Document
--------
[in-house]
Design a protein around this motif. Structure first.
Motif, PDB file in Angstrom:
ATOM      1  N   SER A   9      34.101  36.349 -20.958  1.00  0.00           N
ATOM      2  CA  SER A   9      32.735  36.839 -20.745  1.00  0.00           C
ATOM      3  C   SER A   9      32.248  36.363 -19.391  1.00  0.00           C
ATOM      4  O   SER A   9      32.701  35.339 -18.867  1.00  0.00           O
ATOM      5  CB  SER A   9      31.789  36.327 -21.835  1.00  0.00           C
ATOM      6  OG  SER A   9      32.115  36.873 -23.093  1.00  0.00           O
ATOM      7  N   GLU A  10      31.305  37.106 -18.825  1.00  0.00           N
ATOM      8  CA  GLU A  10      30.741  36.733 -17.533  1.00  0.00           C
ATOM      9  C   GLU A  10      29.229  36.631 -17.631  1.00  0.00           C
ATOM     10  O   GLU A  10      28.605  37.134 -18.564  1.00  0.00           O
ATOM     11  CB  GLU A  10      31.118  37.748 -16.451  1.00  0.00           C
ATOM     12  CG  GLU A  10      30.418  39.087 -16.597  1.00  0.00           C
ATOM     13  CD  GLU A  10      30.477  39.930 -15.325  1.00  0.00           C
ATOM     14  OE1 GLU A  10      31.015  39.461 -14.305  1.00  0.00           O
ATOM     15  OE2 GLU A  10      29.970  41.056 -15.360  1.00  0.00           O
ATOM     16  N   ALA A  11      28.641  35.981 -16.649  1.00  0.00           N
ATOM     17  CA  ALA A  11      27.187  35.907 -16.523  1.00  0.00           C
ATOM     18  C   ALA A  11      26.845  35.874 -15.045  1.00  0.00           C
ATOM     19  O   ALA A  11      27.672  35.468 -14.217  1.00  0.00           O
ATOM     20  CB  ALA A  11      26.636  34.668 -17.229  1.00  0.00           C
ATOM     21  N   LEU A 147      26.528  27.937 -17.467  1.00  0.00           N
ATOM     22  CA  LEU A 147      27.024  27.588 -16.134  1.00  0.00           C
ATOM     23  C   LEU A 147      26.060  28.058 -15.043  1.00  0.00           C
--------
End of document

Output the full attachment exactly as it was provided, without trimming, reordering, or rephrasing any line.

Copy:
[in-house]
Design a protein around this motif. Structure first.
Motif, PDB file in Angstrom:
ATOM      1  N   SER A   9      34.101  36.349 -20.958  1.00  0.00           N
ATOM      2  CA  SER A   9      32.735  36.839 -20.745  1.00  0.00           C
ATOM      3  C   SER A   9      32.248  36.363 -19.391  1.00  0.00           C
ATOM      4  O   SER A   9      32.701  35.339 -18.867  1.00  0.00           O
ATOM      5  CB  SER A   9      31.789  36.327 -21.835  1.00  0.00           C
ATOM      6  OG  SER A   9      32.115  36.873 -23.093  1.00  0.00           O
ATOM      7  N   GLU A  10      31.305  37.106 -18.825  1.00  0.00           N
ATOM      8  CA  GLU A  10      30.741  36.733 -17.533  1.00  0.00           C
ATOM      9  C   GLU A  10      29.229  36.631 -17.631  1.00  0.00           C
ATOM     10  O   GLU A  10      28.605  37.134 -18.564  1.00  0.00           O
ATOM     11  CB  GLU A  10      31.118  37.748 -16.451  1.00  0.00           C
ATOM     12  CG  GLU A  10      30.418  39.087 -16.597  1.00  0.00           C
ATOM     13  CD  GLU A  10      30.477  39.930 -15.325  1.00  0.00           C
ATOM     14  OE1 GLU A  10      31.015  39.461 -14.305  1.00  0.00           O
ATOM     15  OE2 GLU A  10      29.970  41.056 -15.360  1.00  0.00           O
ATOM     16  N   ALA A  11      28.641  35.981 -16.649  1.00  0.00           N
ATOM     17  CA  ALA A  11      27.187  35.907 -16.523  1.00  0.00           C
ATOM     18  C   ALA A  11      26.845  35.874 -15.045  1.00  0.00           C
ATOM     19  O   ALA A  11      27.672  35.468 -14.217  1.00  0.00           O
ATOM     20  CB  ALA A  11      26.636  34.668 -17.229  1.00  0.00           C
ATOM     21  N   LEU A 147      26.528  27.937 -17.467  1.00  0.00           N
ATOM     22  CA  LEU A 147      27.024  27.588 -16.134  1.00  0.00           C
ATOM     23  C   LEU A 147      26.060  28.058 -15.043  1.00  0.00           C